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Ethnic Groups In Nigeria: Butu-Ningi

 

Introduction

The Butu-Ningi, also known as the Butawa, are a small ethnic group found in the Ningi plateau region in the Bauchi Province of Nigeria. Some have also settled in the Kano area. Burra is their capital, where they claim to have lived for many generations. Their language Ningawa is rapidly disappearing; Hausa is the language spoken by most. Even Butawa children are now taught the dominant Hausa language.


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In culture, politics and geography, the Butawa, are similar to the Warji and Afawa peoples; in religion, they have been greatly influenced by their dominant Hausa and Kanuri neighbours who are Muslim. Consequently, although there is a secondary public school nearby, the Butawa prefer to send their children to Islamic schools. Butawa also have begun to follow the customs of the Hausa, for example in the way they dress and in their yearly festivals. Some believe that if such adaptations persist, the Butawa tribe will cease to exist as a distinct people.

Socio-Cultural and Economic Characteristics

Most Butawa earn their living by farming. Guinea corn and millet are their staple crops. Some Butawa keep animals such as sheep, goats, and cattle. Nomads from the Fulani ethnic group often tend the animals for the Butawa. Butawa also engages in hunting, fishing, and especially trade (due to Hausa influence). Some Butawa have become specialized, for example as barbers or blacksmiths. Since Butawa are famous for their knowledge of medicinal herbs, some also have become herbalists. Ritual specialists such as cult-priest and drummers are also found among them.

Butawa marriages are usually done by exchange: A girl from one clan will marry into another clan. That clan, in turn, will supply the first clan with a girl from one of its families. If an exchange is not possible or the girl does not agree, sometimes a “bride-price” (a gift to the girl’s clan) will be paid. Divorce is very rare and there is no courtship among young couples.


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After giving birth, a mother will remain secluded for several days, after which time she will stand with her child in front of her hut. She then will be greeted by friends and presented with food from her husband. Afterwards her child will be given an ancestral name.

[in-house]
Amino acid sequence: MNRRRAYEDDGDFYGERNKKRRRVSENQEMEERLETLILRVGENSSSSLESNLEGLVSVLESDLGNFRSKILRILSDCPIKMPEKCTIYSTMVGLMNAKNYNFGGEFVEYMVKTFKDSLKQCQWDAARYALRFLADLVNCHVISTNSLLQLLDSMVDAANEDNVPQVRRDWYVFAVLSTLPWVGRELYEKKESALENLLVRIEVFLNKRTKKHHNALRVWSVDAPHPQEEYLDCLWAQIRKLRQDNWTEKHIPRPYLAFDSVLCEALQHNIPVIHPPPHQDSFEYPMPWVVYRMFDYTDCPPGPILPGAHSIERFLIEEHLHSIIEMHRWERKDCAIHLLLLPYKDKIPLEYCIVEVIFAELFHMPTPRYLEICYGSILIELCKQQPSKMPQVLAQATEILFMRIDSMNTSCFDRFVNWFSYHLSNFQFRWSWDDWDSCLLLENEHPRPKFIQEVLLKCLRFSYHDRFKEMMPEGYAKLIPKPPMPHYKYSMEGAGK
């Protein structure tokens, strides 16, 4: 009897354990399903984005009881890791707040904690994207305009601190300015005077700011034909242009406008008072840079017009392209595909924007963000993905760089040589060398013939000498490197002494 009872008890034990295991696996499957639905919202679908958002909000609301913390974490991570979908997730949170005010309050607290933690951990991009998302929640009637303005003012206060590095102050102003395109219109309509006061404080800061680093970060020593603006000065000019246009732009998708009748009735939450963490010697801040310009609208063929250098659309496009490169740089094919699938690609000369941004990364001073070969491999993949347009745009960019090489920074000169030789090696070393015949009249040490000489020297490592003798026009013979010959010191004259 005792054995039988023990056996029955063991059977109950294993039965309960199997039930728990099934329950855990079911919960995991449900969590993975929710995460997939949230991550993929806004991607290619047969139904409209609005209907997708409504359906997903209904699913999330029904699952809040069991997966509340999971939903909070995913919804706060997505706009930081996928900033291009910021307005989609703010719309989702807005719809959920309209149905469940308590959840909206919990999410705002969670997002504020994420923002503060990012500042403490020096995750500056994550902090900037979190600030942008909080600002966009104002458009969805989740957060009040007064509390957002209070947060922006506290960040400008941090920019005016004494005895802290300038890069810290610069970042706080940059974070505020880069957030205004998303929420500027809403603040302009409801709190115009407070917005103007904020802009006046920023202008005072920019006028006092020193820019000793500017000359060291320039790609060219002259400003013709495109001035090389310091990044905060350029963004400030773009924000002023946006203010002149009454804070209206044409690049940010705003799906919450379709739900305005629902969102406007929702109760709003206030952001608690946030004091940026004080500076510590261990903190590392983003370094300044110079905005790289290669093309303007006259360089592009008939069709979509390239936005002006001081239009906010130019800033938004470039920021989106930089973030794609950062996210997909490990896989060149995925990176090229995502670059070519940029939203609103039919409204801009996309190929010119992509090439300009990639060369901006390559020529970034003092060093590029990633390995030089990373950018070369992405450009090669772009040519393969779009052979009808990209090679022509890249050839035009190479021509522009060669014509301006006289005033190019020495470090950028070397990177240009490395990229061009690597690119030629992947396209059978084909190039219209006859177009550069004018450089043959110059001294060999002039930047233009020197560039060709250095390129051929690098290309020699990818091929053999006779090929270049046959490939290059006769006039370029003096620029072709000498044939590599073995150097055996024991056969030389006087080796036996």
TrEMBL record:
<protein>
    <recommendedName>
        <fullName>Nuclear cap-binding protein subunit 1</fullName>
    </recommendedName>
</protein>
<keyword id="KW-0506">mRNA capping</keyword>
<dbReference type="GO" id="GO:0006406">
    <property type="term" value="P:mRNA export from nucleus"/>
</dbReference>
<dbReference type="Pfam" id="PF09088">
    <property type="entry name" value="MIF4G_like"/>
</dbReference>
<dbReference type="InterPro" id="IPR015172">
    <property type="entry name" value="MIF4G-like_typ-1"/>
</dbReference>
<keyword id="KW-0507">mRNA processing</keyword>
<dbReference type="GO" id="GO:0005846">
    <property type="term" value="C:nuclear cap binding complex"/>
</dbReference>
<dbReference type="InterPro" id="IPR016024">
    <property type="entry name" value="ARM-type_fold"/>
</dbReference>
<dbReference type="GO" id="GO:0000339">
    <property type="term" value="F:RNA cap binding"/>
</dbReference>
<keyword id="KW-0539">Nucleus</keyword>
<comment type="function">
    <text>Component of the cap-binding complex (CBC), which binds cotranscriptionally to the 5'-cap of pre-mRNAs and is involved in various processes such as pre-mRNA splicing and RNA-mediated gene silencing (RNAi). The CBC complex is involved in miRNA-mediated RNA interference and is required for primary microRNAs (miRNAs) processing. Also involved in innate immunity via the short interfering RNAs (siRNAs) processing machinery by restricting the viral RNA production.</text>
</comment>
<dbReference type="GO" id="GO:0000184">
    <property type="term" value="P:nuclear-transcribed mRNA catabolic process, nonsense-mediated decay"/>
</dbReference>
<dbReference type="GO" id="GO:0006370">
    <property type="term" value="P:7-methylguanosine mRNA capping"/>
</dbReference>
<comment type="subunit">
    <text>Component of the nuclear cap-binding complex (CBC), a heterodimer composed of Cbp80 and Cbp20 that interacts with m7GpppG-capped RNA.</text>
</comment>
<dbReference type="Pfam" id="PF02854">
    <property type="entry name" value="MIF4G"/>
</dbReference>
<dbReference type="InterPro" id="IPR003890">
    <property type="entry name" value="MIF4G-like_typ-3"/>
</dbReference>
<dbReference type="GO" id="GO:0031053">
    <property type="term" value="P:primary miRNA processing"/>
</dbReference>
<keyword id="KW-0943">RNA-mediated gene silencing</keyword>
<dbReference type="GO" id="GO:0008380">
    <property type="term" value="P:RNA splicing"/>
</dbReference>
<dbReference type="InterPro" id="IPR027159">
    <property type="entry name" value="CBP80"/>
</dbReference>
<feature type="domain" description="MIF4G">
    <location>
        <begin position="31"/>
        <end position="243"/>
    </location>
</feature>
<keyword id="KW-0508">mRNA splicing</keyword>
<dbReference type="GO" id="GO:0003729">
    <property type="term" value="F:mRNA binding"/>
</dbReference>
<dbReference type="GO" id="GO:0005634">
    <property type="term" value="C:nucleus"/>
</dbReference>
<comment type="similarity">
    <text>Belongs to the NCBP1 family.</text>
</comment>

The initiation rite of boys is very important for the Butawa. Boys over seven years of age are brought to the sacred grove of the forest to be circumcised. For two months, they are secluded, except when the village men bring them food. During this time, with the help of the dodo (masked ancestral image), they are taught the secrets of the people, urged to follow in the footsteps of their ancestors, and taught to respect their fathers and elder brothers.

The Butawa have several cultural festivals, some of which they still celebrate today. The Gwarma Gom is a thanksgiving to the gods each January, during which Butawa compose and sing new songs. In their mourning festival every two years, Butawa remember the dead. They visit graves and shrines, sprinkling them with blood, and the dodo dances in public. There is also a youth festival in which the youth dance to demonstrate their strength and power.

Religious Beliefs

Recently, the Butawa have begun to accept Islam as their religion. Less than half of all Butawa still follow their traditional ethnic beliefs. They traditionally worship family gods and ancestors at village shrines or in secret hidden places in the forests or in rocks.

The cult of the dodo is extremely important to the Butawa. They value tribal secrets and practice religious traditions handed down from their ancestors. Butawa also believe certain people have the power to turn themselves into animals, especially elephants.

Sources:

Joshua Project

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Jeremiah Aluwong

Jeremiah is a scholar and a poet. He has a keen eye for studying the world and is passionate about people. He tweets at @jeremiahaluwong.

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